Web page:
Top positive review
110 of 115 people found this helpful
on October 15, 2012
It's 9.5 inches inches long, but it seems to sometimes give a 7950 a run for its money, which costs about $100 more for the good ones, and whose reference card clocks in at 11.5 inches. Battlefield 3 runs butter-smooth at 1080p, even with maxed settings. ENB shader mods and texture packs in Skyrim don't slow it down (though a high amount of mod-enhanced foliage will cause even this card to strain at times). Metro 2033 runs fine at high settings.
It takes pretty much everything I can throw at it -- and it does it pretty much silently. The full "shroud" over the card ensures some noise absorption *and* reduced ambient heat inside the case. When you add adaptive Vsync, PhysX and CUDA into the mix, there's a lot to like. You can also force FXAA in the control panel when you encounter a game that won't accept your usual anti-aliasing settings and/or does not have any of its own.
It has a 192-bit memory bus, which is unusually small. But this doesn't seem to make much difference at 1080p. It's not very overclockable, but when I can get nearly 7950 performance out-of-the-box at $230, and it needs just one PCIe cable (mounted on the side for better case ergonomics), I can't really complain.
The Gallium 0.4 drivers in Fedora 17 and Linux Mint produce a slightly fuzzy image, though. I had to install Nvidia's proprietary drivers -- not the easiest process -- to get a crisp image. Not big enough of a deal to take a star off, IMO.
**Update Jan 27 2013:** Everything's still working fine. I have updated the drivers several times without glitches. The card continues to run quietly and powerfully. Installing proprietary drivers in Linux is still pretty much necessary to get proper image fidelity (or even full desktop resolution, in most cases), but the process is noticeably easier just a few months after writing my original review. The Mageia 3 beta is the only Linux distro I've found that will not at least give me a command prompt, if it fails to load the desktop environment. On the Windows side, the recently released "GeForce Experience" software should make performance optimization much easier for people who are new to PC gaming, or if they have busy lives and not enough time to keep up on all the gearhead stuff. That piece of software does an all-or-nothing toggle, though, so it's not ideal.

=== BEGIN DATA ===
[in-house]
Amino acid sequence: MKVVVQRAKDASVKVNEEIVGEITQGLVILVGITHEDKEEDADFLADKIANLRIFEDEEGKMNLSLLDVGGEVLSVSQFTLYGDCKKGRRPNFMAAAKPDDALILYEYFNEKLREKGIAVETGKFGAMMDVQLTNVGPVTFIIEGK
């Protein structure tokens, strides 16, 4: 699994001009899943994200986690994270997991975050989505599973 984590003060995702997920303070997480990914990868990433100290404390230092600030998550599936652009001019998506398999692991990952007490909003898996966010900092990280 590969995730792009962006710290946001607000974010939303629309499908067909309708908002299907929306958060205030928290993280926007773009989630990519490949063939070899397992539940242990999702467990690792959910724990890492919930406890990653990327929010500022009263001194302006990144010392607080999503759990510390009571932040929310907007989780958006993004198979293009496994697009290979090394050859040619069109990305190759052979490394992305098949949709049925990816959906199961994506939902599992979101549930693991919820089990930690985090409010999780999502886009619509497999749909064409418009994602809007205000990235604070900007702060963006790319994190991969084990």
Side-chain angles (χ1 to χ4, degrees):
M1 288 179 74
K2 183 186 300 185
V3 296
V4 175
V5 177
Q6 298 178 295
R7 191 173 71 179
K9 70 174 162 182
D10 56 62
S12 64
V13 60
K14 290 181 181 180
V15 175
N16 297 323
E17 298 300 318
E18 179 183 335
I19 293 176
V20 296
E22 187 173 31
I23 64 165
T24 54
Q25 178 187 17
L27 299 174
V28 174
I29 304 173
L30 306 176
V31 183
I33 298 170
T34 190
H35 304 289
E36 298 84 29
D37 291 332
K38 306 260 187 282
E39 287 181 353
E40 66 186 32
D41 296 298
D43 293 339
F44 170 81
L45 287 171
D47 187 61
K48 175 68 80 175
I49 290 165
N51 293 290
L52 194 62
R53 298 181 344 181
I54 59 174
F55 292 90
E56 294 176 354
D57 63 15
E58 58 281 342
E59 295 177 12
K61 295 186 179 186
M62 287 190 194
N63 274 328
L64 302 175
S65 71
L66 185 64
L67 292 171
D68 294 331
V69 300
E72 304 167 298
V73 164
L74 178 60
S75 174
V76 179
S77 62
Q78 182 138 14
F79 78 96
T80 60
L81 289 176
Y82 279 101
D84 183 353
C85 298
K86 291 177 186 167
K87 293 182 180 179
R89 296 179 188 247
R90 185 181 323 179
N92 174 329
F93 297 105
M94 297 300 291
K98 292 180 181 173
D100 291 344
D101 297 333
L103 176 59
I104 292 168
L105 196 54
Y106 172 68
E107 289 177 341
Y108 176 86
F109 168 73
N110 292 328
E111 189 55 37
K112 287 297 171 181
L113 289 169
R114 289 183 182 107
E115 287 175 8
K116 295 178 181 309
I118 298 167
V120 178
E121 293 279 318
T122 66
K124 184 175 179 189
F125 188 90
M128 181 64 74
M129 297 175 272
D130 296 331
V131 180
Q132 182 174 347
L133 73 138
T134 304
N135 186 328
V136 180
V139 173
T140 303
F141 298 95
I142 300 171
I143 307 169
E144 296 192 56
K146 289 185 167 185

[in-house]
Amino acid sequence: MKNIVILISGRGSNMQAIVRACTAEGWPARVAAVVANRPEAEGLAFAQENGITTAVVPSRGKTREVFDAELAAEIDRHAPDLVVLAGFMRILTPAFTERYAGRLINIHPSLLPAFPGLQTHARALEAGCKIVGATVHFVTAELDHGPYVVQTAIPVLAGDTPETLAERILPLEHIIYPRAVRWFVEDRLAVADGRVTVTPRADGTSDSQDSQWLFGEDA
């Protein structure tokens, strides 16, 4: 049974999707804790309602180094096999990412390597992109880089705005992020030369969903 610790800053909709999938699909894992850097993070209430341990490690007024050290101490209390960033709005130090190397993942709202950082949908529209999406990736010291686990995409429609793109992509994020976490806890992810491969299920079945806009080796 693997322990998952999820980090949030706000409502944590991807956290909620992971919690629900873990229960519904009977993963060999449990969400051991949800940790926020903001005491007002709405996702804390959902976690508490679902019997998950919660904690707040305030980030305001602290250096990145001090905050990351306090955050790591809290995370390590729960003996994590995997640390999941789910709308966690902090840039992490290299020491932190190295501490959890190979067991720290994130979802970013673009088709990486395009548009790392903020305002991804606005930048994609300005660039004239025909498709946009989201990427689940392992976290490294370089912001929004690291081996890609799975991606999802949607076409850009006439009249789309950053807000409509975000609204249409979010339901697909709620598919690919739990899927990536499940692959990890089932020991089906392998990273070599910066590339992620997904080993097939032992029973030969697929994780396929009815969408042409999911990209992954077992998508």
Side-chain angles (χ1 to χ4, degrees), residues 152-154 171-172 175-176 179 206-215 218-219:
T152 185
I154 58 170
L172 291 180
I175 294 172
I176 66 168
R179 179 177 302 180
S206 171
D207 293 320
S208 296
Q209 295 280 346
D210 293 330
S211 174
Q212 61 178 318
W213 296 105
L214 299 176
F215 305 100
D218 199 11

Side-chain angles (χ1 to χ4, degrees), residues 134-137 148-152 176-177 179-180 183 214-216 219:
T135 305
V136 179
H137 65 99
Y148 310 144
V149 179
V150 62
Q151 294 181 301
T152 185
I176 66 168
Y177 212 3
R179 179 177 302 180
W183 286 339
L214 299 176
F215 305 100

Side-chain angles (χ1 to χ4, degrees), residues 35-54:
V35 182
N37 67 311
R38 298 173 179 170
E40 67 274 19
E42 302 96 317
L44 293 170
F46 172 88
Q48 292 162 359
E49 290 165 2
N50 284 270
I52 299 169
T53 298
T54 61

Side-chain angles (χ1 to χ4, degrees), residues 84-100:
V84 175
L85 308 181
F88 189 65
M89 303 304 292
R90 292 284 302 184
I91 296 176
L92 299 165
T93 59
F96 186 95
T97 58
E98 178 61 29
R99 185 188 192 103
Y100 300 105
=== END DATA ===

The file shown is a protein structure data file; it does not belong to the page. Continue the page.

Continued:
I have yet to encounter any game that struggles at 1080p, but I figure it's better to have the performance and not need it, than to need it and not have it.
**Update Feb 2014:** I no longer use this card, but the GTX 660 is generally still a very good choice for 1080p. AMD's cards are not competitively priced now, thanks to the crypto-coin mining thing, so I've edited this review to reflect that market shift. Shadow Play (built into their "GeForce Experience" software) is becoming one of the nicest screen recording packages out there, and it's free. The GTX 650 Ti Boost is also pretty good, as long as you go with the 2GB version. 1GB is okay, but I think you'll benefit from the extra gigabyte of video RAM when a game uses high-resolution textures.